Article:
The door has been opened for Equatorial Guinea to enter the Community of Portuguese Language Countries (CPLP) despite the orienting principles of the intergovernmental organization which pledge “the primacy of peace, Democracy, the Rule of Law, Human Rights and social justice”.
The recommendation for the country's entry into the organization (which includes Angola, Brazil, Cape Verde, Guinea-Bissau, Mozambique, Portugal, Sao Tome and Principe and Timor-Leste) was approved unanimously by the Ministers of Foreign Affairs for CPLP, who met in Maputo, Mozambique on February 20, 2014, the eve of UNESCO's International Mother Language Day.
Spanish and French are the official languages of Equatorial Guinea, and Portuguese is now closer to become the third. The country, which has been an Associate Observer of CPLP since 2006, announced a proposal in mid-February for the suspension of the death penalty. This change pleased the diplomatic front of the community as the abolition of capital punishment is one of the conditions for membership.
However, Equatorial Guinea's “human rights record is particularly concerning”, as highlights writer David Shook in an article published on February 19, one day before CPLP's announcement:
Under the leadership of Guinean president Teodoro Obiang Nguema, now the longest-serving head of state in Africa, Equatorial Guinea continues to rank among the most corrupt states in the world.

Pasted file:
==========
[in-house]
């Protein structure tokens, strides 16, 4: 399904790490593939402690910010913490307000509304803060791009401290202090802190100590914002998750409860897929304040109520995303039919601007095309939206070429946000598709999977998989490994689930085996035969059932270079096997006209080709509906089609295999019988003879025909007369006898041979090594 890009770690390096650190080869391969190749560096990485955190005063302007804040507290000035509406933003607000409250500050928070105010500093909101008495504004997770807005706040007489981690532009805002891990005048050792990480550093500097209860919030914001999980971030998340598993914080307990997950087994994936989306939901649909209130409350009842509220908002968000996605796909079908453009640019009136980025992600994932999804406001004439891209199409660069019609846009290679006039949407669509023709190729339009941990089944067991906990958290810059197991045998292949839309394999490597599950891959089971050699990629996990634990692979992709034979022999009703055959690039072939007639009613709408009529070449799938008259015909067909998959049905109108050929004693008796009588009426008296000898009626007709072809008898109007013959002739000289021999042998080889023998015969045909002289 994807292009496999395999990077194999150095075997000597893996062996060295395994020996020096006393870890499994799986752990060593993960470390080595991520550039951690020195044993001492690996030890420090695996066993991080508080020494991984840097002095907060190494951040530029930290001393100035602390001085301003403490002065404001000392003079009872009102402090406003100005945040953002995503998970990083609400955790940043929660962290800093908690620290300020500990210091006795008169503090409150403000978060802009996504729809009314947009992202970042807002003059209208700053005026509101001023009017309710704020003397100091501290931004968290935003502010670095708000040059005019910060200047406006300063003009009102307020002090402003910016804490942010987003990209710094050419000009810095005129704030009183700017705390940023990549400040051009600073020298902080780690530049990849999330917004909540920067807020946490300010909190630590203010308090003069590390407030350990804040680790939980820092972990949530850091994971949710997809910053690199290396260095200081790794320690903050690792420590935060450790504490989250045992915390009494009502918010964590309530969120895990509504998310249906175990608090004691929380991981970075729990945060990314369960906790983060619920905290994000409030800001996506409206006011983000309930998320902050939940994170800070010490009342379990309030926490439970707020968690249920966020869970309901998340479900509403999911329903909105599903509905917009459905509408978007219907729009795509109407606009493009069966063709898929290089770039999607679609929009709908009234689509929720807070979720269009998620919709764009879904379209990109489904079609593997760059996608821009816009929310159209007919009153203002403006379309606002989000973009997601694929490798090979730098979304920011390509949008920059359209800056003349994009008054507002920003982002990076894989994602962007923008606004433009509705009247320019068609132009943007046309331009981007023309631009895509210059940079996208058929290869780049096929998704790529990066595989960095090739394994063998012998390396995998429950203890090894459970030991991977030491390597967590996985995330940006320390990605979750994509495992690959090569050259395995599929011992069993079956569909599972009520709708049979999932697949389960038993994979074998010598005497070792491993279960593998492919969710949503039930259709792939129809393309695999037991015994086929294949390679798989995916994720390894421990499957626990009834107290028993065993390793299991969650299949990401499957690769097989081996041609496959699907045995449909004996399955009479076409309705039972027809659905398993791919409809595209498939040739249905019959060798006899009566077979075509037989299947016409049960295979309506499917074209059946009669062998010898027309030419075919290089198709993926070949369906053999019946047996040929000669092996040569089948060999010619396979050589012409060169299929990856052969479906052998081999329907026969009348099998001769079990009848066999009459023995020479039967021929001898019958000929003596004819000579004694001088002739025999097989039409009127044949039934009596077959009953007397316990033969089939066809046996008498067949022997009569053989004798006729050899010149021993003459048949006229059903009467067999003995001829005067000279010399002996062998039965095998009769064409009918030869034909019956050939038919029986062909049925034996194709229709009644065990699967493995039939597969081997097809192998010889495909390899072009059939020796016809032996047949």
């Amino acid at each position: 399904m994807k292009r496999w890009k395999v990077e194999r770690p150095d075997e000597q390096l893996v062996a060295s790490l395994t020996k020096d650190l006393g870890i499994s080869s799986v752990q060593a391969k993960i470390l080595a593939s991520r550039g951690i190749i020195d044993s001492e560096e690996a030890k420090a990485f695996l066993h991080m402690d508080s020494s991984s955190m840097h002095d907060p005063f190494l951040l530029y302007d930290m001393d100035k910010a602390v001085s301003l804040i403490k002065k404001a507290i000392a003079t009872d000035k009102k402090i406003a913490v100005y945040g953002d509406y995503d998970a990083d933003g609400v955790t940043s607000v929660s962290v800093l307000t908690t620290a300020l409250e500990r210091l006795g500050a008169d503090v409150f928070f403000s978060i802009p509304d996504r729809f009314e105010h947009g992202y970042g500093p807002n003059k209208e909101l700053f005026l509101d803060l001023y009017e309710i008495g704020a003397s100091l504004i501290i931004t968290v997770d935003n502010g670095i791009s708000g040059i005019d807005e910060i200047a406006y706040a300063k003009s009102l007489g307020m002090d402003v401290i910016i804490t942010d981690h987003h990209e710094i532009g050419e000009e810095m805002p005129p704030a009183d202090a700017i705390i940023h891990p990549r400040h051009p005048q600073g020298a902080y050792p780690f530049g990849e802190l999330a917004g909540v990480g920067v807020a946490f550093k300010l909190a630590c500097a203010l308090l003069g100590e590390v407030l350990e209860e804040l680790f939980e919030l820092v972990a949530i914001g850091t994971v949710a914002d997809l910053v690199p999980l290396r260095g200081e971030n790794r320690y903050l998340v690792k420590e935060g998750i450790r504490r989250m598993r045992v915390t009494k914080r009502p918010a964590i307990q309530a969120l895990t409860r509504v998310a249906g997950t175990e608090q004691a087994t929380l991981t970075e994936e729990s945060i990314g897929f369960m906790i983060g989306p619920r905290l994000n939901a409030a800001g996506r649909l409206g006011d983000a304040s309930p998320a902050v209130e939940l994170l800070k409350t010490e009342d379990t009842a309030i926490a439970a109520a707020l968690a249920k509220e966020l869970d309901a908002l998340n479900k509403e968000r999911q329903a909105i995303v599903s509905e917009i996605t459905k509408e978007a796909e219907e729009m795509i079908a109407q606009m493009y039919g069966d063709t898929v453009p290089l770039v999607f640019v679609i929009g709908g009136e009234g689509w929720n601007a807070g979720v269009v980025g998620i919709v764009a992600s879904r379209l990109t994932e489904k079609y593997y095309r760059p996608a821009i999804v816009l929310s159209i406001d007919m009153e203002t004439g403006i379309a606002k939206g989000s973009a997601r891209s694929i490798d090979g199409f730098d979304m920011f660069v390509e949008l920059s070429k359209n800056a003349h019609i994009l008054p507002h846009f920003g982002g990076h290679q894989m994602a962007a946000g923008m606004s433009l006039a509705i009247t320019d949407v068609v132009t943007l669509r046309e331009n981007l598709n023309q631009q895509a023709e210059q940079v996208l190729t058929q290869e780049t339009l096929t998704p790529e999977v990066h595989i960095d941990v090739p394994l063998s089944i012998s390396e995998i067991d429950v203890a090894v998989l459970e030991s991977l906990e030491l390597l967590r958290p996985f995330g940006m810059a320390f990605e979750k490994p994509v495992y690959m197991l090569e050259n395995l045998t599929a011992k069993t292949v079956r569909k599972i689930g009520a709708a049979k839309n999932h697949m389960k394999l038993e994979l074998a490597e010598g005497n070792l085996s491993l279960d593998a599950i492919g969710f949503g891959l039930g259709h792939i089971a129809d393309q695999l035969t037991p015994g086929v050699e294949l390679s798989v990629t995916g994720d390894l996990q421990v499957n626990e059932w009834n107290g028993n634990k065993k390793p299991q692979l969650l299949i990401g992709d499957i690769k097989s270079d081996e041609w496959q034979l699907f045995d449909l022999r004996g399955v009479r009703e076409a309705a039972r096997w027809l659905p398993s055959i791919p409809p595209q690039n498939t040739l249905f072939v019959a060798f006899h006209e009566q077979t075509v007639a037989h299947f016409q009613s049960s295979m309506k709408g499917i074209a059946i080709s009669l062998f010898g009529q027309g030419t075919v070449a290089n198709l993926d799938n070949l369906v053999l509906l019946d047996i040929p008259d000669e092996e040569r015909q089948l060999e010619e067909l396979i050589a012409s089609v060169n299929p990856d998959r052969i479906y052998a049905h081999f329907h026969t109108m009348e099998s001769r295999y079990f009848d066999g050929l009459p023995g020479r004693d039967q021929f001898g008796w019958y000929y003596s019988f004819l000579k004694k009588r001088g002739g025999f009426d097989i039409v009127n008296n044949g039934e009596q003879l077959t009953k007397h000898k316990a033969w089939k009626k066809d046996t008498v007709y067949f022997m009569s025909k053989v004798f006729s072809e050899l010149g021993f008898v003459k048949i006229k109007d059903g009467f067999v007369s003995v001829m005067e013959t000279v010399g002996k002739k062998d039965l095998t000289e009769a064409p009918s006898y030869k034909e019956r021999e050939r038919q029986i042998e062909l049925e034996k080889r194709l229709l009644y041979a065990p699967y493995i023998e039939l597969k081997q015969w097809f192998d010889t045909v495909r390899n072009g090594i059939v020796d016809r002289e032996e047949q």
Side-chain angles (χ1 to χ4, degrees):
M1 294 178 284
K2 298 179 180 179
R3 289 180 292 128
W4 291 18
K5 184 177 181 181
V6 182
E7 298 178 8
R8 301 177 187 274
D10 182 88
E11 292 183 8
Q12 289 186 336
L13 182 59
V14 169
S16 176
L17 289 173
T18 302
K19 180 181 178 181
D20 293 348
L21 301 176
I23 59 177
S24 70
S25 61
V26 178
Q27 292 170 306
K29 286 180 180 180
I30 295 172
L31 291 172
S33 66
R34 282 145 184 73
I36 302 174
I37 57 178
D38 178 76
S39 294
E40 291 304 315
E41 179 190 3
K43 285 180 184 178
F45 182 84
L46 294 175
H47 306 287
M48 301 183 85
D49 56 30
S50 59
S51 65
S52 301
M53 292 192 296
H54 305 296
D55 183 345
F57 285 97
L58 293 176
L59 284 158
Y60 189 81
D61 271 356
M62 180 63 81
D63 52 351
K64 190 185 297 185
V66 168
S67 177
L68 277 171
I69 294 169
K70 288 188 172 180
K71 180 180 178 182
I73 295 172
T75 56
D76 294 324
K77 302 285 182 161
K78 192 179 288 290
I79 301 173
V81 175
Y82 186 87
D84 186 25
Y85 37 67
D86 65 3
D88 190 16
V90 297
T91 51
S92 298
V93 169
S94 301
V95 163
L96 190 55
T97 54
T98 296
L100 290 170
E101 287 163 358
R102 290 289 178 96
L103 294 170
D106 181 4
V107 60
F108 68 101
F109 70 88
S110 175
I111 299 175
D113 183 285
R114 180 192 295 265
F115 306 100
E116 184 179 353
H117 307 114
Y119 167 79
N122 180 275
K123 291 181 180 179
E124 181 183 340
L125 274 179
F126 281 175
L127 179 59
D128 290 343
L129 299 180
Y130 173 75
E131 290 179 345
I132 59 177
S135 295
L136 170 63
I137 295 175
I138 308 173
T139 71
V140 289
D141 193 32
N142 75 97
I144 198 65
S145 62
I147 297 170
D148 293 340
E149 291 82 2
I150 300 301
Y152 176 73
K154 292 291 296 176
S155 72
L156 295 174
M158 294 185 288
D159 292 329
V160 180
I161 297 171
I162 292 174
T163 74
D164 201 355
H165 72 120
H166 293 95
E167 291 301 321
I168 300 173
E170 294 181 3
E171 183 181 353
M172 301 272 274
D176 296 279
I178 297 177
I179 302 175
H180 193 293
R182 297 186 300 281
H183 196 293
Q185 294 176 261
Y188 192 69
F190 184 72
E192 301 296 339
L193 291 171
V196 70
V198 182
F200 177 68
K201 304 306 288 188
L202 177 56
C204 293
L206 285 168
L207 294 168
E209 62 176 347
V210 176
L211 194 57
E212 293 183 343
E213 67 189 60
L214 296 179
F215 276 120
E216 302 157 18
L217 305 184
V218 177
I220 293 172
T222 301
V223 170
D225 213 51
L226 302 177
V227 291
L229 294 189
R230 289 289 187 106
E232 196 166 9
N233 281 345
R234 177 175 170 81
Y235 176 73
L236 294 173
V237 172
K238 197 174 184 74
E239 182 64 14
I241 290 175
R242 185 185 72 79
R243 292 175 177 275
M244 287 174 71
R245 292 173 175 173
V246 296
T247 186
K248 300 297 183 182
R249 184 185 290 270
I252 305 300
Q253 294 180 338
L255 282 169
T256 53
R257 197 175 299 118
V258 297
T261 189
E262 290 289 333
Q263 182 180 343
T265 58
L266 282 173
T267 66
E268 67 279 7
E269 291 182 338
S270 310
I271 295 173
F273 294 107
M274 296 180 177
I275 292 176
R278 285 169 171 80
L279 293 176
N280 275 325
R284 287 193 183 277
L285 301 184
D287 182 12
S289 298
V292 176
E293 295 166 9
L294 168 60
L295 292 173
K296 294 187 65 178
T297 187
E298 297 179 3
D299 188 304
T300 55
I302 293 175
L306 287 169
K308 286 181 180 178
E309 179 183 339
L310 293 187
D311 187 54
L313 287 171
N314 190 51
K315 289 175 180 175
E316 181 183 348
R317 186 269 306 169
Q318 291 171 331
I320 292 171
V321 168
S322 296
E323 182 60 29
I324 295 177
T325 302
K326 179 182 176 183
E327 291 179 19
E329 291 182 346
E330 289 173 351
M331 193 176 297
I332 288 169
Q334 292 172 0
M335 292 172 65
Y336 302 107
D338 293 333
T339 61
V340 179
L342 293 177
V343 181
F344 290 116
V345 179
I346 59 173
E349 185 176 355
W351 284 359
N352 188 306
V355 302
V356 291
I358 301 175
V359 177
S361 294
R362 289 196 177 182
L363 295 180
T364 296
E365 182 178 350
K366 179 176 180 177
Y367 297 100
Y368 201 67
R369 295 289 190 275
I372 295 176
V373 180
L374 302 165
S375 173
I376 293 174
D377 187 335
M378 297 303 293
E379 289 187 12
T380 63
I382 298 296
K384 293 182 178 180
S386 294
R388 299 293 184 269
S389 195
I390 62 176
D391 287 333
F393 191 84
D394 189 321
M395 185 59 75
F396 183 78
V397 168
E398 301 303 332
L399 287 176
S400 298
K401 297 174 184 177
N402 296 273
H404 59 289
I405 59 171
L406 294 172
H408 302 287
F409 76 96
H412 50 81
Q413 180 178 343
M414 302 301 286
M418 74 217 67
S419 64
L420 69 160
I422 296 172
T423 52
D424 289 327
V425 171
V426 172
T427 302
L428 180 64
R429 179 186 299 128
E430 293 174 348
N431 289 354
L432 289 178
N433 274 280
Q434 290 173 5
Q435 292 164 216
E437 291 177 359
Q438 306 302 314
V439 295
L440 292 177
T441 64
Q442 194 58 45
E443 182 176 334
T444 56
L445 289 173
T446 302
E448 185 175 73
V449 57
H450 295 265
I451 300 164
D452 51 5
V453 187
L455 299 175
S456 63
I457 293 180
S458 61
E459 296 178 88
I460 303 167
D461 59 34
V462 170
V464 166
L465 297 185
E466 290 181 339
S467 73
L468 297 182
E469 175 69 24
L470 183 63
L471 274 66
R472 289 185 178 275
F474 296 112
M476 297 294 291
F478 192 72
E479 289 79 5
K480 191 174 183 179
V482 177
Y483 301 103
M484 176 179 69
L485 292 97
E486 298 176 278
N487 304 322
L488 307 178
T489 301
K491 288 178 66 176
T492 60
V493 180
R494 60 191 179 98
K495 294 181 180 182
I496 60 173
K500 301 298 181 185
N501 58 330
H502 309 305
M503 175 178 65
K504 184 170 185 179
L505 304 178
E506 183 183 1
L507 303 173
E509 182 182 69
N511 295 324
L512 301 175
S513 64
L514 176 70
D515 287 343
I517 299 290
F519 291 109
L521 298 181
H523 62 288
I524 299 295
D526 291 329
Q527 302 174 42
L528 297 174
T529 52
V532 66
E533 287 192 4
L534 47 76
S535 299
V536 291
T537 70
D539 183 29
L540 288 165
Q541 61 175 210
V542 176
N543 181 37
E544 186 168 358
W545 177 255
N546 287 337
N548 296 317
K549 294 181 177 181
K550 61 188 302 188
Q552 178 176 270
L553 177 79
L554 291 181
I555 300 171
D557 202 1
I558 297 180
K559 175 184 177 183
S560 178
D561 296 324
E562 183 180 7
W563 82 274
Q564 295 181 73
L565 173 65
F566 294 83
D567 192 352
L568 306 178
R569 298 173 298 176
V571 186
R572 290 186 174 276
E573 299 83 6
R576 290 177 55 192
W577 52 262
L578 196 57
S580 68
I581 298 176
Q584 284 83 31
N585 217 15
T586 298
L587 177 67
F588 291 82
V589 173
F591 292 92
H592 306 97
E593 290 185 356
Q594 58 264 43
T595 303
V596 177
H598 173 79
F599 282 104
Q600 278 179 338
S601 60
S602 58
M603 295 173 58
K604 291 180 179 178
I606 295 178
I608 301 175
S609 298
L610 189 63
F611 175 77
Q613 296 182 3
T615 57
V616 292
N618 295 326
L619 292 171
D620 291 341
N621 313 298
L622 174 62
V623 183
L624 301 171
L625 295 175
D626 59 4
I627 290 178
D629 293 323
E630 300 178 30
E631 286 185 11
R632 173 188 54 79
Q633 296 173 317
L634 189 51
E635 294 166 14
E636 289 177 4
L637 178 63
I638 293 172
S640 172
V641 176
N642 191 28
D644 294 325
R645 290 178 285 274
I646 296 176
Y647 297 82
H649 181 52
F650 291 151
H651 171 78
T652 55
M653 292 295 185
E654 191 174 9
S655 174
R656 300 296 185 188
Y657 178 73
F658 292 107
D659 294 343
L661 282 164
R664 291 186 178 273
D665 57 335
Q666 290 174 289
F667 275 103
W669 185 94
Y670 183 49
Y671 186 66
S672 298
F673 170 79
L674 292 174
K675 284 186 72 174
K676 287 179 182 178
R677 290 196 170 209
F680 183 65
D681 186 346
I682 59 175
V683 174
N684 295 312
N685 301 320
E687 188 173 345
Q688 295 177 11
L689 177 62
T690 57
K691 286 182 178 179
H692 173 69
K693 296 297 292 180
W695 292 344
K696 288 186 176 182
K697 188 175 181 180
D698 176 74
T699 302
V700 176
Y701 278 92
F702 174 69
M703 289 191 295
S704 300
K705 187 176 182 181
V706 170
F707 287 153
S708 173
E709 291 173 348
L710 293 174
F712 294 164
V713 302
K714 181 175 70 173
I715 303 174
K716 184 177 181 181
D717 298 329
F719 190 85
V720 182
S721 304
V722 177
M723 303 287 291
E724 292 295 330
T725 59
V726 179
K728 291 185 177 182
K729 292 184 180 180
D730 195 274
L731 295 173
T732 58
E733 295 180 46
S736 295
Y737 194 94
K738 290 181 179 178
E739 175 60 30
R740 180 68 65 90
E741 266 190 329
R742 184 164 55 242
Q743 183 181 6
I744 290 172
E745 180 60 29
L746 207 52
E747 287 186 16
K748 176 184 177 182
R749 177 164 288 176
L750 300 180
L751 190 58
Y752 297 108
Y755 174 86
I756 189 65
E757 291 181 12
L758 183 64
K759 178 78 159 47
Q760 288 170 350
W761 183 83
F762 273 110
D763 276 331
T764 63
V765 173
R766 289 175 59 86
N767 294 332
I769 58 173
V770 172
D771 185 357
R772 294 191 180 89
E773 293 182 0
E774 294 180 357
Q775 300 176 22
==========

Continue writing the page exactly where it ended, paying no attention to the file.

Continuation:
Shook reports that the most important living writer of the country, Juan Tomás Avila Laurel, has been forced into hiding for his work as an activist. Malabo's security forces threatened him just this week after denying his request for permission to stage “a sit-in protesting a recent wave of police brutality”. Shook stresses:
Juan Tomás Avila Laurel’s safety is currently at risk; he faces dire conditions if captured by Guinean security forces. The international visibility of his situation is an important protection.
He also points to The Human Rights Watch “World Report for 2013“:
Corruption, poverty, and repression continue to plague Equatorial Guinea under President Teodoro Obiang Nguema Mbasogo, who has been in power since 1979. Vast oil revenues fund lavish lifestyles for the small elite surrounding the president, while most of the population lives in poverty. Those who question this disparity are branded “enemies.” Despite some areas of relative progress, human rights conditions remain very poor. Arbitrary detention and unfair trials continue to take place, mistreatment of detainees remains commonplace, sometimes rising to the level of torture.
All of this doesn't seem to be relevant now for the representatives of the eight governments that count Portuguese as one of the official languages. The heads of state and government will meet in Dili, Timor-Leste in July to make a decision on Equatorial Guinea's membership.
Reacting to the latest news, the Portuguese chapter of Transparency International, the civic association and corruption watchdog “Transparência e Integridade” (Transparency and Integrity) [pt], tweeted that “money speaks louder” in the lusophone world.
Although the government of Portugal had rejected the country's request for membership until now, the relations between the two countries might be changing in times of economic crisis.
Lusomonitor, a website dedicated to the analysis of “lusophone issues” reported [pt] that Equatorial Guinea has injected 133 million euros into Portuguese bank Banif, “helping the Portuguese State to unravel a complicated dossier, which has hindered the fulfillment of the goals of economic and financial adjustment program with the ‘troika'”, composed by the European Central Bank, European Commission and the International Monetary Fund.
Meanwhile, civil society organizations have promised to mobilize against the accession [pt] in the coming times.
Check out past Global Voices coverage of Equatorial Guinea, including: